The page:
929CB448F87340438FC9946BD61DBC9E.ashx30 Events That Shaped the Church by Alton Gansky. I’ve always struggled to enjoy reading and studying church history. There are aspects of church history that certainly grab my attention but church history as a whole is not a topic I find easy to read or study. However, there have been a few books related to church history that have helped me cultivate a better appreciation and love for church history over time and this was on of those books. In this book the writer, Alton Gansky, writes about 30 events that have shaped the church as a whole. Gansky quickly admits it wasn’t easy picking just 30 events. He says, “Selecting which events to include in this book was difficult…In the end, I believe this is a good sample of key events in church history, drawn from both the distant past and modern times” (page 10-11). I think Gansky does a good job at this. He successfully picks 30 events that gives the reader a well-rounded view of events that have shaped the church into what it is today. What’s interesting about this book though is Gansky didn’t just stick with events that happened “within” the church community. In addition to those types of events, he writes about events that happened “outside” the church community. These events, like the ones within the church, impacted the church in profound ways. This is a great book for anyone who wants an easy, interesting church history related book to read. It’s also helpful to anyone who is interested in how major events in history, both inside and outside the church, has shaped the church as we know it today.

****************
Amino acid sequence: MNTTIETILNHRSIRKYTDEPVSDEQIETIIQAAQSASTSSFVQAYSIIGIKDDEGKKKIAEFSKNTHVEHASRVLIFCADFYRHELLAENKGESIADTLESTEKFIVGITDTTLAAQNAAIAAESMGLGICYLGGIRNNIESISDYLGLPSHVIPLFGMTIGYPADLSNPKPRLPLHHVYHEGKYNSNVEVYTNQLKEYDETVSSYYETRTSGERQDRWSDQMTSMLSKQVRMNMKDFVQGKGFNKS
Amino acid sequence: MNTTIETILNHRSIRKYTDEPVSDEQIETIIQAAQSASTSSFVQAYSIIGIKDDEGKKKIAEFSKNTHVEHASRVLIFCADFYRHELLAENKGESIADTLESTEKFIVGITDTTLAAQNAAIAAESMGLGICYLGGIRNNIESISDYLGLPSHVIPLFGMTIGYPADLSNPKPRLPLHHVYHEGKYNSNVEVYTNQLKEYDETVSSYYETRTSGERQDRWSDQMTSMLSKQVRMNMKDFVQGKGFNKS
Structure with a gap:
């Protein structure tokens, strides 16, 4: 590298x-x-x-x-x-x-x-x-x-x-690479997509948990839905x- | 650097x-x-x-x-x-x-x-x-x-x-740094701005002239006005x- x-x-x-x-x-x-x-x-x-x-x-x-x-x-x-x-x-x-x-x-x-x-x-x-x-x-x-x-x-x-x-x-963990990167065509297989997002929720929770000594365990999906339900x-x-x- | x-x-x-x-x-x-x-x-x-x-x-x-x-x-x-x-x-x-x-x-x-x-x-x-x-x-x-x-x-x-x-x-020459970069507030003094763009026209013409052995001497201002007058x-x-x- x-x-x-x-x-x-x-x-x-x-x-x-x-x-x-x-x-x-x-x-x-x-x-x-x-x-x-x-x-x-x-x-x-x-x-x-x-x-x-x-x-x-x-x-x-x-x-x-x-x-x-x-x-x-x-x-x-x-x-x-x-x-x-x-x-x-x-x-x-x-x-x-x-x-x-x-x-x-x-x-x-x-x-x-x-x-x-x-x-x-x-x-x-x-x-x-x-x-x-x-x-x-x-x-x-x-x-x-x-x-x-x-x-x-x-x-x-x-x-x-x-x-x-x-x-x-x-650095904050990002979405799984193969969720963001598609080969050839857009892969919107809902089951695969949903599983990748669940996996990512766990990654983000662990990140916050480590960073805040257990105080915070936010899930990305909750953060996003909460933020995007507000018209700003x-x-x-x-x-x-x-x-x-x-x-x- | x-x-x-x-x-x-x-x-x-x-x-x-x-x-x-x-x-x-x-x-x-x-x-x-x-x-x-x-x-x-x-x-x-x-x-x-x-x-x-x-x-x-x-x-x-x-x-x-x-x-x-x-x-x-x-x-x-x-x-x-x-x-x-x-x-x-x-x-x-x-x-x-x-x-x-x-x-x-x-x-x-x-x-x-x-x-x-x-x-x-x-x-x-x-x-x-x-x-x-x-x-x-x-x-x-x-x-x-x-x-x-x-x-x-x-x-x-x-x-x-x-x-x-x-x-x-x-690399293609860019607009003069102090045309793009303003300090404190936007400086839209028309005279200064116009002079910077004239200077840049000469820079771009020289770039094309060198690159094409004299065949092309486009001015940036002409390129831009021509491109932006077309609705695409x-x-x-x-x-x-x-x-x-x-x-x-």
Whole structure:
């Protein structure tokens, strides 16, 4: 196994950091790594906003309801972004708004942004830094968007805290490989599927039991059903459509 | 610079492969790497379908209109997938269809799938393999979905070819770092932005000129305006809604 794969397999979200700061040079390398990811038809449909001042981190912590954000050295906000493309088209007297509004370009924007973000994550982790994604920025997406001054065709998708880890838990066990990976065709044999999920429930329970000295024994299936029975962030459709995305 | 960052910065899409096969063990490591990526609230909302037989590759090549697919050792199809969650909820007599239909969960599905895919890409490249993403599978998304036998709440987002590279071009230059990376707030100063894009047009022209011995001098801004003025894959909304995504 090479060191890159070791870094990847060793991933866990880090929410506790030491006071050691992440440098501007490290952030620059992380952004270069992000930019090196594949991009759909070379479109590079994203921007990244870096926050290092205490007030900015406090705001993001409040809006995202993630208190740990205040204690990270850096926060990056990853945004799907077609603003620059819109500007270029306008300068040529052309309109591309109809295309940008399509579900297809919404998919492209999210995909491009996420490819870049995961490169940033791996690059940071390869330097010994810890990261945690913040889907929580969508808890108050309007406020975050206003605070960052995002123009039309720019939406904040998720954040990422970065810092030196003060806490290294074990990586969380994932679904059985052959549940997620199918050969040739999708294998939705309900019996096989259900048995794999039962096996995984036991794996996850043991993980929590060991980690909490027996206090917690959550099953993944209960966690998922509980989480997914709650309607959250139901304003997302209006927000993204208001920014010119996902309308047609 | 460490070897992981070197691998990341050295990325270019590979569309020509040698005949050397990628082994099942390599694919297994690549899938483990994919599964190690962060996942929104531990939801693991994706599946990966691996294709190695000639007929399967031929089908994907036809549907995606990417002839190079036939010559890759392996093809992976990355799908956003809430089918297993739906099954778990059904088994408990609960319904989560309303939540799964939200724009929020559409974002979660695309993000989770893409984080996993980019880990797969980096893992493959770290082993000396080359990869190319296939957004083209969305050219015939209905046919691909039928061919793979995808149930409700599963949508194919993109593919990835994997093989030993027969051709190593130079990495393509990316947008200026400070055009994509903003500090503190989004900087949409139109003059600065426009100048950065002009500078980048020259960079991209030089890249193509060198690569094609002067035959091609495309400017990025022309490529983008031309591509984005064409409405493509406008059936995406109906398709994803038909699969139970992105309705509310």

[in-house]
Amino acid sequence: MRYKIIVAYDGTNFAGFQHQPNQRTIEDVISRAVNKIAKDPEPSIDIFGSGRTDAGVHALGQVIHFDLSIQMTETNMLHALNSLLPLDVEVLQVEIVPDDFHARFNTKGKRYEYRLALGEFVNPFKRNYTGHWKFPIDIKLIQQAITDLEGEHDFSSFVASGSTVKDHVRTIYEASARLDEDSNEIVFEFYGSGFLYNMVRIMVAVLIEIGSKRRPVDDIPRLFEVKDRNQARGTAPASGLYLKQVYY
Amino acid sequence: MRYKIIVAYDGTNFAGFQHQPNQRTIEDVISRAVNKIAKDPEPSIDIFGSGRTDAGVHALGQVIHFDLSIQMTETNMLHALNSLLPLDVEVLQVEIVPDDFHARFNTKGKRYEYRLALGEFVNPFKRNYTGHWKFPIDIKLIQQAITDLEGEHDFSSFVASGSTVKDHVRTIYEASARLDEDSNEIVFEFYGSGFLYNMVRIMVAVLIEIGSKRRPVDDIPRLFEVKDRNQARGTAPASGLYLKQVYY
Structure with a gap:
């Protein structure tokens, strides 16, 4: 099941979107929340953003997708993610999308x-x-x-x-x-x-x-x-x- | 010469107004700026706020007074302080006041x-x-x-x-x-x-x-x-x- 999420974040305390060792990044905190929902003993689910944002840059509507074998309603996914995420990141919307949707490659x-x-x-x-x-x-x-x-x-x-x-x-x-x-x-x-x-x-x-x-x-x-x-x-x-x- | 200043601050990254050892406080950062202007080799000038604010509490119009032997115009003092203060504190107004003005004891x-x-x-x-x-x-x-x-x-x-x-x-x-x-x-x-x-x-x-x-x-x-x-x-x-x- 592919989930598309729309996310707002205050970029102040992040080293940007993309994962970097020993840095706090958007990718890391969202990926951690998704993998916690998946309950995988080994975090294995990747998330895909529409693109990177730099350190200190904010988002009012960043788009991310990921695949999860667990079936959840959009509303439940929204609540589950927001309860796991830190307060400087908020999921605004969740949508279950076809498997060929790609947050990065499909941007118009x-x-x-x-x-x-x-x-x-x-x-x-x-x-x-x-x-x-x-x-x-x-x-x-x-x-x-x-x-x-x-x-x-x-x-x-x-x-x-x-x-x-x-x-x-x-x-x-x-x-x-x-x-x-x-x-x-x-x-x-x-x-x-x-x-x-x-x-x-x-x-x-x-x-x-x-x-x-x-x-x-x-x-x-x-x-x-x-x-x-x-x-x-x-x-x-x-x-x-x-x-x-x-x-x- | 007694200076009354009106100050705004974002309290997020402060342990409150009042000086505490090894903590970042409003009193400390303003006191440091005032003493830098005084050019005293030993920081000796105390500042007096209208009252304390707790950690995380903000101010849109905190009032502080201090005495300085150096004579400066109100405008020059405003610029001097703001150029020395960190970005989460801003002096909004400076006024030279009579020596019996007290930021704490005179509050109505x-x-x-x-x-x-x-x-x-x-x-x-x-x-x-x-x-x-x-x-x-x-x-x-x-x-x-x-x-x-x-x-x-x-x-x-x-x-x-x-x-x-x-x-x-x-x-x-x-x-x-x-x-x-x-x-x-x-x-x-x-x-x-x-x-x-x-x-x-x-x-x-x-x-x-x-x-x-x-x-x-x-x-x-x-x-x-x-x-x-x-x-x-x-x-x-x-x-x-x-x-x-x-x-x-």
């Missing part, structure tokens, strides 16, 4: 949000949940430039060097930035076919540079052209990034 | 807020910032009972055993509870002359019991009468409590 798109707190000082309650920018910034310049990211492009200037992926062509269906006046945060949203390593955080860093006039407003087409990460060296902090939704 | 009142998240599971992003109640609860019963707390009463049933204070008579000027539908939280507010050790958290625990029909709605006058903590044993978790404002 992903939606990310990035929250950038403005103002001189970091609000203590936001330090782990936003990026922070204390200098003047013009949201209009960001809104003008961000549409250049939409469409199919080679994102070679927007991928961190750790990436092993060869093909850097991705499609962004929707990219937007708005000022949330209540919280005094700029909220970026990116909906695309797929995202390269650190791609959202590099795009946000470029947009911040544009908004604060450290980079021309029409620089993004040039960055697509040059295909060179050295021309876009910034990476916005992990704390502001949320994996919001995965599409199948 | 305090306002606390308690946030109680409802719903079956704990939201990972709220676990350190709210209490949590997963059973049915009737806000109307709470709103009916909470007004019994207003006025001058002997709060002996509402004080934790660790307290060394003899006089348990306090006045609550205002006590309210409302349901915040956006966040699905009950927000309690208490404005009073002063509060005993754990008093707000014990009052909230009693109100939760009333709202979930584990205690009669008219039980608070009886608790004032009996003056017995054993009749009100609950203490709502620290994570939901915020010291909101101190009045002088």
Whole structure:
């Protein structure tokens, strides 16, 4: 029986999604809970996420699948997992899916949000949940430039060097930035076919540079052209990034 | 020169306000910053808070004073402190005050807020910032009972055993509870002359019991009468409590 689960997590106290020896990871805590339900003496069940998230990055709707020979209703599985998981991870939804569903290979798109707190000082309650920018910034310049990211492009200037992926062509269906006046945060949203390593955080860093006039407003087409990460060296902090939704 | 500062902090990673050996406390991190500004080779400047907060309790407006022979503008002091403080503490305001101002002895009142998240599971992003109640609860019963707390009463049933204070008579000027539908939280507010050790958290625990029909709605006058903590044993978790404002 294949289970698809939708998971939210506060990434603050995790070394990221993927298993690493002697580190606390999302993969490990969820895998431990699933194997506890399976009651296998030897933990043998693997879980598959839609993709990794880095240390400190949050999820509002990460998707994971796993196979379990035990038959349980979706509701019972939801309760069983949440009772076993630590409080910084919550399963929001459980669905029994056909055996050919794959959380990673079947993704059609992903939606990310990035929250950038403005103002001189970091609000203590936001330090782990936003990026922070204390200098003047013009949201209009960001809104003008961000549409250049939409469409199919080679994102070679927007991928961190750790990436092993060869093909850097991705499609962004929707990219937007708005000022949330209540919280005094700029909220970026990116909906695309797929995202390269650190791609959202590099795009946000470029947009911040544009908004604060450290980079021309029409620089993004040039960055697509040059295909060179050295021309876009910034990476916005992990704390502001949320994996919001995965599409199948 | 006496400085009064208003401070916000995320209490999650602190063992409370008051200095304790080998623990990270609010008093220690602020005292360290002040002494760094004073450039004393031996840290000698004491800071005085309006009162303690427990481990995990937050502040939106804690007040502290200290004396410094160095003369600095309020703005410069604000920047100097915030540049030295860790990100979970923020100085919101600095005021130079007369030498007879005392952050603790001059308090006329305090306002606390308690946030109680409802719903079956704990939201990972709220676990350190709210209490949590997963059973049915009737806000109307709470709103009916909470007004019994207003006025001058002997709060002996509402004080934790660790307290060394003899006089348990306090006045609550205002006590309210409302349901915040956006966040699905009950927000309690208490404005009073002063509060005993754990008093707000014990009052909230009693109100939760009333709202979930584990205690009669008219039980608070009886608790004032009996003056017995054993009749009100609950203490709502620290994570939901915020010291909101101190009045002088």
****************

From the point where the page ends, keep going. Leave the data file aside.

51E4B0BFYVLForeign to Familiar by Sarah Lanier. “Don’t judge a book by its cover” is a phrase you hear often. Many times I have passed up a good book because the cover didn’t grab my attention. This was almost on of those books. I received this book when my wife and I decided to be a part of a ministry called International Friendship Connection. IFC is a ministry that serves international undergrad and graduate students who are in the states studying on a university campus. This book was given to us at a training we went to for IFC. At first glance, I didn’t have a desire to read this book. However, I decided to pick it up and give it a shot and I’m glad I did. In this short book, Sarah Lanier talks about the differences between what she calls “hot climate cultures” and “cold climate cultures.” Lanier says, “The population of the entire world can roughly be divided into two parts. The two groups represented are ‘hot climate’ (relationship-based) cultures and ‘cold-climate’ (task-oriented) cultures” (page 15-16). These two cultural groups have different ways they communicate, manage time and planning, find their identity, and even show hospitality. If someone from a hot climate cultures goes into a cold climate culture and interacts the way they normally do in their hot climate culture they will have a hard time. One must understand the culture they are going into so they can best serve and do life in that culture. In this book Lanier lays out the key differences between these two cultural groups and how one can understand them. It’s defiantly a book that should be read by anyone doing or planning to do cross-cultural missions, whether thats domestic or international, but is also helpful to Christians in general as we seek to serve others in different cultural contexts.